This blog post is part three of our #16DaysOfActivism: Reproductive injustice is violence against women in digital and physical worlds series, to be published weekly along the #16DaysOfActivism campaign. Read part 1 and part 2.
|Every year, feminist activists and human rights defenders across the world commemorate #16DaysOfActivism, a global campaign against gender-based violence. This year will be no different. Under the theme: “UNiTE! ACTIVISM TO END VIOLENCE AGAINST WOMEN & GIRLS!”, the global call is for everyone to be an activist and take a stand to oppose violence against women.|
Reproductive justice and gender-based violence are inextricably connected. They are also no longer simply issues of the physical realm; they are core to how we want to reimagine our internet experiences. At Whose Knowledge?, our contribution to the #16DaysOfActivism campaign will be a three-part blog series reflecting on our bodily autonomy, online surveillance and data rights, and language justice for reproductive rights. Our aim is to reflect on these issues from a decolonial anti-oppressions lens, and to decenter the United States in the conversations on reproductive justice, while centering some examples from Africa and Latin America. In doing so, we celebrate the sorority of women and non-binary people from marginalized communities who fight individually and collectively for bodily autonomy and liberation.
Access to accurate information about sexuality, contraception, and safe abortion is key to exercising reproductive rights. Abortion rights activists have found the Internet to be a great ally in facilitating access to knowledge through a wide variety of media: from websites and social media; to help lines runned by volunteers and chatbots.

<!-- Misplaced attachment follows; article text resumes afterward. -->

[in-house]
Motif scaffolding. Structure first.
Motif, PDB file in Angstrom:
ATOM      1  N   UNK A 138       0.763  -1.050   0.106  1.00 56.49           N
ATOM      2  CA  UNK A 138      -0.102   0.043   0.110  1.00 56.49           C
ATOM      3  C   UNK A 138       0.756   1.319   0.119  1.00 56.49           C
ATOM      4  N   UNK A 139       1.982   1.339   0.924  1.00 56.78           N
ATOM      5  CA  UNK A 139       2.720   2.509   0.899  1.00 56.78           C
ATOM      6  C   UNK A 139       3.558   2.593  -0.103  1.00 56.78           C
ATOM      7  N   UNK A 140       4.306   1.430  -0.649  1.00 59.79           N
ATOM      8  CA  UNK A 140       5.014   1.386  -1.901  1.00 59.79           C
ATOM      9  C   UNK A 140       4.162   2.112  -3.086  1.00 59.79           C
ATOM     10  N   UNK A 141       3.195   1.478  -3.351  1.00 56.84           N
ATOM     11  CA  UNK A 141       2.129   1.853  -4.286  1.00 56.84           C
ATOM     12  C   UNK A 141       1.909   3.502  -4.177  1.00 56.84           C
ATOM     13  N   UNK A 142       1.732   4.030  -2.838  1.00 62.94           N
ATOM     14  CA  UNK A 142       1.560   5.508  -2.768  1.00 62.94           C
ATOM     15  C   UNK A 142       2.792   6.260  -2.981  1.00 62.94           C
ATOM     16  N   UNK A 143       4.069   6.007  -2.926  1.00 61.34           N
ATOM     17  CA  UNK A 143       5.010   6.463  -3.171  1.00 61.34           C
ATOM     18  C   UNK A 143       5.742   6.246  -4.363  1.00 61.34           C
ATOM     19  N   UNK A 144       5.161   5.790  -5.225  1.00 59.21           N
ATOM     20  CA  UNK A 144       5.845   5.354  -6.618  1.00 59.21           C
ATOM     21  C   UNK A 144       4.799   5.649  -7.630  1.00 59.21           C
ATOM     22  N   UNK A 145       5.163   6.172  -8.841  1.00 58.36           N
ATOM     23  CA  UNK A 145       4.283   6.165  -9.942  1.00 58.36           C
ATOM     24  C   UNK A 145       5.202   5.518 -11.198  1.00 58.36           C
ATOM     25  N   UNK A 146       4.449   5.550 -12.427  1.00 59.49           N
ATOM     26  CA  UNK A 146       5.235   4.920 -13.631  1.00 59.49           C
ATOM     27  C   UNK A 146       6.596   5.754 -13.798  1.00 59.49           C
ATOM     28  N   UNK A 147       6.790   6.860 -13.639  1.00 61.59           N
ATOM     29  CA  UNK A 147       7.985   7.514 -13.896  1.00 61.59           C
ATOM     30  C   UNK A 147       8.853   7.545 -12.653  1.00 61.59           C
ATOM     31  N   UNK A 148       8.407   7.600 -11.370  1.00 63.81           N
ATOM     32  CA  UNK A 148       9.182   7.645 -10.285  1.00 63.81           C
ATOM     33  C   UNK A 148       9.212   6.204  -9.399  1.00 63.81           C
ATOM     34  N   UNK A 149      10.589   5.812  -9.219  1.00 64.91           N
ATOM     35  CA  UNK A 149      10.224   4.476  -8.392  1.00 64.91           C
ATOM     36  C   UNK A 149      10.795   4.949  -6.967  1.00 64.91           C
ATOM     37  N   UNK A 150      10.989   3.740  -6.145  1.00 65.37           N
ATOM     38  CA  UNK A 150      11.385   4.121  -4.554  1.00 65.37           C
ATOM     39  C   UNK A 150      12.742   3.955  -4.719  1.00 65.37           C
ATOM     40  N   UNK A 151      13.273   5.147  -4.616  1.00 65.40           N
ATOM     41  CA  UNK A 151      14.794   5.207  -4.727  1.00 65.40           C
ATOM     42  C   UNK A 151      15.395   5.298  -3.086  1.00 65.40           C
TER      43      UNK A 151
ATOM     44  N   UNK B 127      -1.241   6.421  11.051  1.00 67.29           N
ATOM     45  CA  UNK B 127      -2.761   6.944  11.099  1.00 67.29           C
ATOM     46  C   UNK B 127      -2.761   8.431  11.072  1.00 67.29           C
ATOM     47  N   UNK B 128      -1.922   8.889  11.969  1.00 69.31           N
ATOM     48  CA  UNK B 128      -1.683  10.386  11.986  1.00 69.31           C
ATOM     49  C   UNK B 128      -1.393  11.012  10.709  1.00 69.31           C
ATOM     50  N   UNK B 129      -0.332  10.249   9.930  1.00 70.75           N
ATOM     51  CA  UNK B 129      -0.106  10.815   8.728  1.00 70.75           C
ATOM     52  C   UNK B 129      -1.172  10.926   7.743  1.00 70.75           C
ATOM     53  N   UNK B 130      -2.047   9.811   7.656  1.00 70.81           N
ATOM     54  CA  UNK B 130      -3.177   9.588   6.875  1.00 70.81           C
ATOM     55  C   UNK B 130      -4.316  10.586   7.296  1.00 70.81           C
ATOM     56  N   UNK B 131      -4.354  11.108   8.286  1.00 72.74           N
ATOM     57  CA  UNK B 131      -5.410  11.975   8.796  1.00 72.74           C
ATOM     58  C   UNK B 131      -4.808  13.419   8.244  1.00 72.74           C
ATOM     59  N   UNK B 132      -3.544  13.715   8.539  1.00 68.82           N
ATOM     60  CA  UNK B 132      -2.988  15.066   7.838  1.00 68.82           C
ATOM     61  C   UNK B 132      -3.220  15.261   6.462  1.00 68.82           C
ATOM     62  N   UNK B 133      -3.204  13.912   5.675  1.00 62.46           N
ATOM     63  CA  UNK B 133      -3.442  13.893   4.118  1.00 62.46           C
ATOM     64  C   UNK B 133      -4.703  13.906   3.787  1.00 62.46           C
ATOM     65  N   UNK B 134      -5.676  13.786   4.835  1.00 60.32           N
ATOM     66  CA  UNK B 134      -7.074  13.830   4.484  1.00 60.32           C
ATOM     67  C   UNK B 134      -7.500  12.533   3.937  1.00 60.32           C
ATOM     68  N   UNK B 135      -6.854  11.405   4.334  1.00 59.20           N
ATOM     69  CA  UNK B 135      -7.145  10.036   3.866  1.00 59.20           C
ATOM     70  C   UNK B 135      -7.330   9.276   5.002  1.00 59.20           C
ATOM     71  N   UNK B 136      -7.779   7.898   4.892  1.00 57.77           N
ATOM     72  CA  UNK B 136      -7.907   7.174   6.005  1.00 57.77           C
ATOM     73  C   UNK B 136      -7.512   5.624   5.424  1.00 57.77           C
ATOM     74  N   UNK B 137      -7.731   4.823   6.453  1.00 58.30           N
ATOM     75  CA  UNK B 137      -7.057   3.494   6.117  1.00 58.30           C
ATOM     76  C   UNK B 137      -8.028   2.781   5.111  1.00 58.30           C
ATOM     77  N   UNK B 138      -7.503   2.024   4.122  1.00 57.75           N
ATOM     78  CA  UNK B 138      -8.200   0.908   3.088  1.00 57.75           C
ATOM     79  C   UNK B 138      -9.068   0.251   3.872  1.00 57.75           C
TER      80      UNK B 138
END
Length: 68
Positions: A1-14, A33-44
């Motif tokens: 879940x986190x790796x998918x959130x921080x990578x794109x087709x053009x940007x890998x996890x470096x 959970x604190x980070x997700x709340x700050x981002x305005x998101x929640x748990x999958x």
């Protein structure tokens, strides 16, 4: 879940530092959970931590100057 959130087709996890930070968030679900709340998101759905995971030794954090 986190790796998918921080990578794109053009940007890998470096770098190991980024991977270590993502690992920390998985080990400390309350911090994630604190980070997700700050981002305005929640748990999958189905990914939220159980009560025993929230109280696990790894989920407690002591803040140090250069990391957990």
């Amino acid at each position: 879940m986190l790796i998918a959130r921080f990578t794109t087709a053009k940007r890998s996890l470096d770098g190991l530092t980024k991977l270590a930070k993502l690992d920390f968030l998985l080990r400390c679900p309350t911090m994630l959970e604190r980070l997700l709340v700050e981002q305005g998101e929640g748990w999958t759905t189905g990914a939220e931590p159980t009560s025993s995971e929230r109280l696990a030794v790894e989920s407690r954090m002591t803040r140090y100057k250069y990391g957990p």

But in the context of criminalization, poor access to sexual education, a rise of online mis- and disinformation, and the fear of being surveilled when you contact a reproductive health provider, reliable information online is increasingly difficult to find, especially to those who need it the most. And, if we look at the problem from a knowledge justice perspective, it gets worse.
Abortion: an important subject on Wikipedia
As we often do at Whose Knowledge?, we take Wikipedia as an important proxy of how information is created and disseminated online – for whom, by whom, and what pieces of information are (un)available. What happens when we want more information about reproductive rights, particularly abortion, on Wikipedia?
According to Wikipedia editors’ community consensus, abortion is a subject that must be covered by Wikipedia – it’s included in the list of 1,000 vital articles that every Wikipedia should have. If possible, it should be a featured article. But a critical lack of information about reproductive rights exists in more than half of the Wikipedia language versions. In 2022, there are 142 articles about abortion in different languages but Wikipedia has +300 languages. The only good or featured articles about abortion are in German and Croatian. Going a bit deeper, the information about abortion by choice varies among Wikipedia languages. Some Wikipedias include a section in the main article about abortion. Only eight Wikipedias have a specific entry for this subject (eight for abortion by request, one for elective abortion).
Language justice and access to context-specific information on Wikipedia